The State Board of Regents agreed Friday to seek $555,000 to expand nursing education as a step toward easing Utah's nursing shortage.
But it was an approval that didn't come easily.The regents decided during a meeting at College of Eastern Utah to add slots for 110 new registered nurse students and 15 master's level nursing students. Along with the new student slots, the regents approved stand-alone associate degree nursing programs for Salt Lake Community College, Utah Valley Community College and College of Eastern Utah.
Until now, Weber State College has operated the state's associate-degree program, running a cooperative program with SLCC and outreach programs on six other campuses, including UVCC and CEU.
A student who graduates with an associate degree completes two years of education and becomes a registered nurse.
Before reaching agreement, however, several regents expressed frustration about being forced into trying to solve the nursing shortage by increasing the supply of nurses. They said many of the problems of attracting and retaining nurses stem from low salaries and poor working conditions, and therefore, are the fault of the health-care industry.
Regent Douglas Foxley asked whether the private sector, specifically Intermountain Health Care Inc., should be willing to cover part of the cost of educating more nurses instead of letting the burden fall on taxpayers? IHC has the majority of hospital beds in the state and employs the majority of the nurses.
Cecilia Foxley, associate commissioner for academic affairs, and Weber State College President Stephen Nadauld both responded that IHC has cooperated and helped to finance nursing education in the past and is very concerned about the problem.
Regent Foxley replied, "If a couple of the officers in IHC were willing to put their bonuses into the thing, the program would be covered."
He was referring to IHC's announcement this week that its president, Scott Parker, received a $175,000 bonus, in addition to his $211,000 base pay this year.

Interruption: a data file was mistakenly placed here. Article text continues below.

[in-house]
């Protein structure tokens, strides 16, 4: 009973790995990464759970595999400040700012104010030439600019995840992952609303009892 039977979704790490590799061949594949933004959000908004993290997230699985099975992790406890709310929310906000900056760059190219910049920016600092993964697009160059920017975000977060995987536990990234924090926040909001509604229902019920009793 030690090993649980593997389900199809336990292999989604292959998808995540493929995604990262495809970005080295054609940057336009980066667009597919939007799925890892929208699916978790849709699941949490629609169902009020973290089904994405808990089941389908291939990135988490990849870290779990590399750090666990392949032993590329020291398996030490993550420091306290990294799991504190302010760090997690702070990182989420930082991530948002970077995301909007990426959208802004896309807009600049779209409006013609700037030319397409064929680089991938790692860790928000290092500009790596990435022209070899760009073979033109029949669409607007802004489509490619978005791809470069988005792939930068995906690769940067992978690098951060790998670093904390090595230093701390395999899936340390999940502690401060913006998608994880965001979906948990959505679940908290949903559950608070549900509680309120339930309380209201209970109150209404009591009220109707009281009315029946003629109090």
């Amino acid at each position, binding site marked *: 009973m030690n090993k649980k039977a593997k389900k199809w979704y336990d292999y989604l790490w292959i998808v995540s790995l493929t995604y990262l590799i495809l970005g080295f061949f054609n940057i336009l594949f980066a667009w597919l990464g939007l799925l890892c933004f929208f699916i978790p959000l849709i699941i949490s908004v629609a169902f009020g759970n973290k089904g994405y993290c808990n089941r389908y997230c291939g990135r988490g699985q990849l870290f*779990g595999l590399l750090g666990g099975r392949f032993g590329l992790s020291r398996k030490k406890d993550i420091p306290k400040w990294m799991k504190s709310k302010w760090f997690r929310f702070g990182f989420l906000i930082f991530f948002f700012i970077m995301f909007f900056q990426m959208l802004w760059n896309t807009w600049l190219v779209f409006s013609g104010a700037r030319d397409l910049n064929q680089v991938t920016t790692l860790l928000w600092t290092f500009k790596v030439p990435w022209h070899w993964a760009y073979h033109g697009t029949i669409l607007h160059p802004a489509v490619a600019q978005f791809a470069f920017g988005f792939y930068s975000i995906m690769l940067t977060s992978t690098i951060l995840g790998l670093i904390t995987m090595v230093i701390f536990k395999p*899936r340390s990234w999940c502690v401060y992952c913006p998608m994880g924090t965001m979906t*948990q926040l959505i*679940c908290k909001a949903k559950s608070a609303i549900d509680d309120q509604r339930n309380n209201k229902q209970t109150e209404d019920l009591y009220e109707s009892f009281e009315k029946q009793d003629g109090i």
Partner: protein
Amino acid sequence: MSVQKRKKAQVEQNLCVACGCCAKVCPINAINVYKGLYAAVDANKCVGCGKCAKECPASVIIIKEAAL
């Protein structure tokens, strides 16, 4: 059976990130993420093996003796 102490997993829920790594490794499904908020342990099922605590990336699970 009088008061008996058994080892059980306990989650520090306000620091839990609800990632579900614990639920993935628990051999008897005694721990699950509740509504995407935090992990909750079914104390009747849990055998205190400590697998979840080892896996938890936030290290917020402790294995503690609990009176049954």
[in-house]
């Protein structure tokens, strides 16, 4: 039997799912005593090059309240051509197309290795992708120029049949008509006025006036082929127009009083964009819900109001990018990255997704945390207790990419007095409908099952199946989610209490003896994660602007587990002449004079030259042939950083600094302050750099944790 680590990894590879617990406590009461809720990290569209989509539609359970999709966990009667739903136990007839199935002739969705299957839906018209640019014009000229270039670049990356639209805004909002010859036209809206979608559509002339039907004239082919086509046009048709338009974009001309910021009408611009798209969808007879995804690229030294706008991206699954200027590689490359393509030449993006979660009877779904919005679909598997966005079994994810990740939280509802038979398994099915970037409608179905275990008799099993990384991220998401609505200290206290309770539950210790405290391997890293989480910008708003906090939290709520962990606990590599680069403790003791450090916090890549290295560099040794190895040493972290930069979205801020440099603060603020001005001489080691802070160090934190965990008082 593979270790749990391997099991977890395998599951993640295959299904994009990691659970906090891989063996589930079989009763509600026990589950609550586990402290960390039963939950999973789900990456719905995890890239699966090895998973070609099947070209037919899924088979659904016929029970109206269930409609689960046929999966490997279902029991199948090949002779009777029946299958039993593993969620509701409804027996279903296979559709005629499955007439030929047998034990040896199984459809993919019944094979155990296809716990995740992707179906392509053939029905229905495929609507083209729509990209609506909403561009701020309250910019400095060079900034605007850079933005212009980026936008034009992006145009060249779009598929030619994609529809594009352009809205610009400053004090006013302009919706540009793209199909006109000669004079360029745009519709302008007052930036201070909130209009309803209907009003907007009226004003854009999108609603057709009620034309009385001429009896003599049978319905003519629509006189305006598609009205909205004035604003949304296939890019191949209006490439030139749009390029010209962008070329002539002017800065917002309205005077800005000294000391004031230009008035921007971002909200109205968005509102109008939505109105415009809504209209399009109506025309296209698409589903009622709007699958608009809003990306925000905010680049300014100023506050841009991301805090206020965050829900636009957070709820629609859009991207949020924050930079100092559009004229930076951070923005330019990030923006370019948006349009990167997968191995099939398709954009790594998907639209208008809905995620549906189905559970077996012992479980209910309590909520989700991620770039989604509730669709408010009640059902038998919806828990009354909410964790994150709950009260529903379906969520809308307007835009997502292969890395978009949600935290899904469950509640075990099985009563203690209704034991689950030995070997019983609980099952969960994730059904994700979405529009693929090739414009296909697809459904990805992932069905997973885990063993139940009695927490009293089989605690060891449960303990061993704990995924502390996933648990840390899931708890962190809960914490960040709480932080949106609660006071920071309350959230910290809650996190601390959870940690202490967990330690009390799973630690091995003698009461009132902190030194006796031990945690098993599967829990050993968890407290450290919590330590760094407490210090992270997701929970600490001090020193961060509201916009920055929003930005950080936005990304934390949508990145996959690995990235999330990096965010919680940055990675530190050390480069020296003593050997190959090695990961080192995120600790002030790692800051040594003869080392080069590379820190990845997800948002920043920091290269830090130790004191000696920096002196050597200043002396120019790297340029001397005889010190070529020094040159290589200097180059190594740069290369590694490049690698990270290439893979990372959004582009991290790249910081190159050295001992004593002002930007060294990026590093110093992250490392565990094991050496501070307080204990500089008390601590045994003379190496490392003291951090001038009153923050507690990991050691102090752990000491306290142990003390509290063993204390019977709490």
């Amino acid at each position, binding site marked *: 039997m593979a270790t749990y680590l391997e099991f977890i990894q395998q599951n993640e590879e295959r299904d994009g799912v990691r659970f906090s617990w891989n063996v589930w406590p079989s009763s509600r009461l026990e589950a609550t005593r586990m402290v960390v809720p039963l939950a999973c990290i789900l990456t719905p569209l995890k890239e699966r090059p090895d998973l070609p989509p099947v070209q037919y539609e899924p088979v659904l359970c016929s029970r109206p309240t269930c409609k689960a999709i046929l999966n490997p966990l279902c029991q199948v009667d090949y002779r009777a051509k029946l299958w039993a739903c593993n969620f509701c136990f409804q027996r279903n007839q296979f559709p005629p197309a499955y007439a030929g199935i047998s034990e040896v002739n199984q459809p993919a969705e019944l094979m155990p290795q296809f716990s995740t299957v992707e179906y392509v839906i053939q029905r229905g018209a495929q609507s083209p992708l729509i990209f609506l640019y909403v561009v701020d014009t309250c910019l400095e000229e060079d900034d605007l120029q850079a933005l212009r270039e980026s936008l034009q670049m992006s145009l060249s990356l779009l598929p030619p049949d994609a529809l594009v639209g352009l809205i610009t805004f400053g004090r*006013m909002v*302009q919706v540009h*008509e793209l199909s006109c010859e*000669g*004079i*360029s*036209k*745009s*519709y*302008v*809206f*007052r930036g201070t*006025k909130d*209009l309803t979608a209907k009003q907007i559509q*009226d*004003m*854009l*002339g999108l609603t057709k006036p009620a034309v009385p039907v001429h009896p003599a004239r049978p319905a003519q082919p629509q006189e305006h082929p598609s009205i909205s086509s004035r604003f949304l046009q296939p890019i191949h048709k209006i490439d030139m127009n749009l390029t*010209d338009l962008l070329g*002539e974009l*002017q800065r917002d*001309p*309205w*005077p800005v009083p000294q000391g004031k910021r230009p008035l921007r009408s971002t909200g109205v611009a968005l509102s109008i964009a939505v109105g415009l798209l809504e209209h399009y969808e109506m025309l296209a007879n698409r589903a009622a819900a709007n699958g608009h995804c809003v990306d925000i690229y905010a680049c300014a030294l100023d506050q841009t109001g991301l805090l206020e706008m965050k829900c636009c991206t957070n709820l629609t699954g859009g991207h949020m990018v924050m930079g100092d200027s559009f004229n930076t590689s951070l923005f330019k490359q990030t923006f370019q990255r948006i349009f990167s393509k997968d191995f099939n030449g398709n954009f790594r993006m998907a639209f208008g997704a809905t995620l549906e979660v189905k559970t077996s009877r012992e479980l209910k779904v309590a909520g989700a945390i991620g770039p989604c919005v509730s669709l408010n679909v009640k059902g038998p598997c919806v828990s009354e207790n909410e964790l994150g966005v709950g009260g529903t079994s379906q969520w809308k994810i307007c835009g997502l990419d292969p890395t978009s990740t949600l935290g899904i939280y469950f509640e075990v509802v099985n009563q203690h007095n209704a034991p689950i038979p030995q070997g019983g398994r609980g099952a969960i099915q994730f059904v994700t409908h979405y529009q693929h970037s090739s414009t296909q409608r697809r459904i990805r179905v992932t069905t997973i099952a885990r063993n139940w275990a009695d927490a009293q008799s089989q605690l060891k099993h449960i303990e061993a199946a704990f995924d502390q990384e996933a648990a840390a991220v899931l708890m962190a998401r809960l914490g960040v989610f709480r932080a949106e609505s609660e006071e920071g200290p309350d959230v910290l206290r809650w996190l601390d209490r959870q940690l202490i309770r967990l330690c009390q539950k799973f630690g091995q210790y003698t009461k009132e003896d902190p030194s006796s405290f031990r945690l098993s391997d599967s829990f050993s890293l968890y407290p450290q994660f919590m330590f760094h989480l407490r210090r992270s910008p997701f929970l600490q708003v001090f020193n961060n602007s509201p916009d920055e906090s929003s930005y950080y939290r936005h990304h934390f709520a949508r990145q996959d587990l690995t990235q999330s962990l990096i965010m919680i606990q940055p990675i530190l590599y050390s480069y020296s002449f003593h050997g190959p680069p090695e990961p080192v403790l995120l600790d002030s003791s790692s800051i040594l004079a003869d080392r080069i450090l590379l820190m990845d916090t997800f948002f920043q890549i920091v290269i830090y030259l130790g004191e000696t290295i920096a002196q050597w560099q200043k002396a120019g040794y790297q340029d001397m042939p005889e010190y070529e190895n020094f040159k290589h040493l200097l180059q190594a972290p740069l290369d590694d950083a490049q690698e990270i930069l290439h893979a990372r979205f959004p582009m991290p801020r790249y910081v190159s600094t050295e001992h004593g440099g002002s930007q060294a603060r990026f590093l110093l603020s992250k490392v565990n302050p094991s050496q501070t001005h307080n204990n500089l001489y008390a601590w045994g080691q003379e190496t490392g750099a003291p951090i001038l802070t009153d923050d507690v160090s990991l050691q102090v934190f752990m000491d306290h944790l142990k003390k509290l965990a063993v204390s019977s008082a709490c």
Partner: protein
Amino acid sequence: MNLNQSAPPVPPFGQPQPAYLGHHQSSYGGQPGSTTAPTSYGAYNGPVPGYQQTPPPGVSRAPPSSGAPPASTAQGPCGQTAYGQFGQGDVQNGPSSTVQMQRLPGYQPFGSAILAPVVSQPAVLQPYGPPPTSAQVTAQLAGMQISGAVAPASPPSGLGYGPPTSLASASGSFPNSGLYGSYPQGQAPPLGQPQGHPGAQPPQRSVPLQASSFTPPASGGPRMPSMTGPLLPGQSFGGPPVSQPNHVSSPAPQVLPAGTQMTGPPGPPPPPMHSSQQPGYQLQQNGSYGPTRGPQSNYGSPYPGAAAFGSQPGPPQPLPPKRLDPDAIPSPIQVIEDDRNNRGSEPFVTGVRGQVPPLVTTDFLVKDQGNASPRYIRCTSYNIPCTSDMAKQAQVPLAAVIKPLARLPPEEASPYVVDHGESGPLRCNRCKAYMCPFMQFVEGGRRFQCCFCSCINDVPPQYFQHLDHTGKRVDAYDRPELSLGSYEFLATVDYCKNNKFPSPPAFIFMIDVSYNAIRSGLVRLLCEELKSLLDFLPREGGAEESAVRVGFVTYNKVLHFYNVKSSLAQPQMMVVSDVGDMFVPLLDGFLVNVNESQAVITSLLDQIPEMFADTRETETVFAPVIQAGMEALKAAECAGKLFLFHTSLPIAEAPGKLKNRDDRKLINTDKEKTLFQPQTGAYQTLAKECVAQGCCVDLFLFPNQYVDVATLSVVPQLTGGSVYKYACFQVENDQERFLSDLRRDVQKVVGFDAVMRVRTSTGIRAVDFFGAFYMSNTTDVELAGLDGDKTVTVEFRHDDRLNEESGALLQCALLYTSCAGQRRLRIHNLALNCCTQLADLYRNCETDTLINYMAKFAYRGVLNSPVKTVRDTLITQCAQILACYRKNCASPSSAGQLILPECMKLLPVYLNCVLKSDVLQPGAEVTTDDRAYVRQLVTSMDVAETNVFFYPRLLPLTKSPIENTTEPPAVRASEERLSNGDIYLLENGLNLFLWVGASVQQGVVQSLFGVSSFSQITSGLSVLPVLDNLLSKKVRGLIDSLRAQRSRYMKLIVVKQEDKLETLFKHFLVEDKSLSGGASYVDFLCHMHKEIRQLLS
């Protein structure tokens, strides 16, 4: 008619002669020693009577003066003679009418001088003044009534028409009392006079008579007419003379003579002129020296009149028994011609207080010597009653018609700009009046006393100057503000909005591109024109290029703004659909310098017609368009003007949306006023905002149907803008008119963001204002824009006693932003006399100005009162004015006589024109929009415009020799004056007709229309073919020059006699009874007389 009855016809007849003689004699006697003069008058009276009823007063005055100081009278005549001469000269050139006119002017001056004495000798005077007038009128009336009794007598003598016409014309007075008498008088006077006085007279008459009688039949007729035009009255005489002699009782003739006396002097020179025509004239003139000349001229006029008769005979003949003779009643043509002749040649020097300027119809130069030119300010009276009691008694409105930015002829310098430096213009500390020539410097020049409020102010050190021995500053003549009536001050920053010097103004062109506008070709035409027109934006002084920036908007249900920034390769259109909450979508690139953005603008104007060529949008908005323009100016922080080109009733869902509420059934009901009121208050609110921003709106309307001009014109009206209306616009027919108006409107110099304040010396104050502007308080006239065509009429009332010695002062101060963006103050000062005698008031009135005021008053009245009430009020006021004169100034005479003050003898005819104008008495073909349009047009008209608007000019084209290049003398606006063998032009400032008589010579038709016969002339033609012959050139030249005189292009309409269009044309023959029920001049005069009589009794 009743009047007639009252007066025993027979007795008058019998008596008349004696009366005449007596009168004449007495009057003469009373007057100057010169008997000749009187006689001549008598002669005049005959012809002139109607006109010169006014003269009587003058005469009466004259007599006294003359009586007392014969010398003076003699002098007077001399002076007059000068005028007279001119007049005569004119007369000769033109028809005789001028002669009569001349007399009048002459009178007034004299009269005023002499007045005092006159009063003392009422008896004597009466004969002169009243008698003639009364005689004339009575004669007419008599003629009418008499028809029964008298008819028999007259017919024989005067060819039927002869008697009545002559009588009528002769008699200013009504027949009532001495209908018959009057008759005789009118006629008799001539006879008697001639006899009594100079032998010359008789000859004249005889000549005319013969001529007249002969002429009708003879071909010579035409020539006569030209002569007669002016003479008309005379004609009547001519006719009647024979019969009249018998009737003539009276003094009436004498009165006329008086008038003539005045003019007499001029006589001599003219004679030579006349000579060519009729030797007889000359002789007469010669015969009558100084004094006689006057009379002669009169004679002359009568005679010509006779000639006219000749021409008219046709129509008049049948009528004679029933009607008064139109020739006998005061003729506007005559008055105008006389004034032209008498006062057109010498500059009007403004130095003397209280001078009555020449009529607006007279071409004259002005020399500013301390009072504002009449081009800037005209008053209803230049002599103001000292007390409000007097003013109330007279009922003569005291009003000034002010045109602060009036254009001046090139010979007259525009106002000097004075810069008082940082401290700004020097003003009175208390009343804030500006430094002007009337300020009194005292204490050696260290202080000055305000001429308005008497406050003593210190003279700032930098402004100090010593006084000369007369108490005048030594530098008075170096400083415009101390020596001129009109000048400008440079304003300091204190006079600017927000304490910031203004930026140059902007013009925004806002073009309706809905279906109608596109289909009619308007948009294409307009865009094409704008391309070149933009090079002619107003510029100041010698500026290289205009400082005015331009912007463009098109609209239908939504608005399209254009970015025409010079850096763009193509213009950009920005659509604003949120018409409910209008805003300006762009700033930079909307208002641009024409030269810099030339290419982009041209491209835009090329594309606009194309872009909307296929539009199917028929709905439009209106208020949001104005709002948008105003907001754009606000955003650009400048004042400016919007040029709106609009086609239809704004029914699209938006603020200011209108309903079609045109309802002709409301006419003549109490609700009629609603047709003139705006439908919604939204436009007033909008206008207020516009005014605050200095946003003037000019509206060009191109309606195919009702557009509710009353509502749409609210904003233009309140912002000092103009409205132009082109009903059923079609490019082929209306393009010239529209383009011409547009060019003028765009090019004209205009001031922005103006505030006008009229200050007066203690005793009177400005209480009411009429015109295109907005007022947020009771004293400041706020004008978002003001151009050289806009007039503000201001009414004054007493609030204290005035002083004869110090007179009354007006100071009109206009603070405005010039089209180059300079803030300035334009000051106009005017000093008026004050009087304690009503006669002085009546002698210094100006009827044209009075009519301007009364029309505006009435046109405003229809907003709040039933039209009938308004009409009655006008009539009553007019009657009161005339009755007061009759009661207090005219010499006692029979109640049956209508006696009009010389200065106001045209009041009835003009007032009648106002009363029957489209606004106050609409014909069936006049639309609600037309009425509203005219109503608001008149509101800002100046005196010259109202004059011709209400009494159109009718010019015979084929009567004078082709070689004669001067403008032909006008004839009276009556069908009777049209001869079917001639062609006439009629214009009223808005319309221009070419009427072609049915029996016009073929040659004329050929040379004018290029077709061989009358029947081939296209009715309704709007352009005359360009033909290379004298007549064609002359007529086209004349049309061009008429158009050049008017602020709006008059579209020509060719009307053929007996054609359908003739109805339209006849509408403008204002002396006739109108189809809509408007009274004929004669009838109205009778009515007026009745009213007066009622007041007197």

Several regents also seemed frustrated with a six-month turf battle among the institutions offering nursing education.
Regent Donald Holbrook said stand-alone programs could be more costly than the present cooperative program operated by WSC.
Cecilia Foxley pointed to figures estimating it would be more expensive to have a stand-alone program at UVCC, but more economical at CEU and SLCC.
During a subcommittee meeting, community college officials outlined several of the problems in the operation of cooperative programs on their campuses or in the expansion of those programs.
Lucille Stoddard, UVCC vice president for academic affairs, said a stand-alone program would prevent duplication of laboratories and other facilities that are involved in a cooperative program.
It would increase flexibility in the curriculum, she said, and the ability for students to change within the program. Students enrolled dually at WSC and UVCC would only be considered carrying half-loads at each school and would have difficulty in getting financial aid.
A CEU nursing student complained about the current arrangement, saying it causes hardships for the students. WSC offers an outreach associate-degree course at CEU every two or three years.
"I'll have to drive over snowy roads two or three times a week this year to go to Roosevelt to get the courses I need," she said.
WSC officials said a lack of funding prevents the college from offering courses annually in each school. WSC has six outreach campuses, but only the funding to work at two a year, they said.
Regent Ian Cumming said he was dissatisfied by an apparent lack of cooperation among the nursing schools and the push to get an associate-degree program to each college that wants one.
"This is not a rational system, but a political one," he said. "What we have here is a little bit for everyone."
Cumming said that as financial pressures increase on higher education he doesn't know how much longer "we'll be able to give everyone what they want when they want it."
At some point, he said, the system will have to quit making endless trade-offs so that "all decisions fall to the lowest common denominator that everyone can agree on."
Later, when the issue returned to the full board of regents, members stressed that cooperative efforts must be encouraged and that efforts in this regard should be reported back to the board.
The regents' approval doesn't automatically mean that there will be an increase in nursing students soon. The financing still must be approved by the 1989 Legislature. However, some legislators have indicated a willingness to fund increased nursing education. The Legislative Interim Health Committee went on record in July as favoring a $500,000 special appropriation to increase the number of nursing students in the state.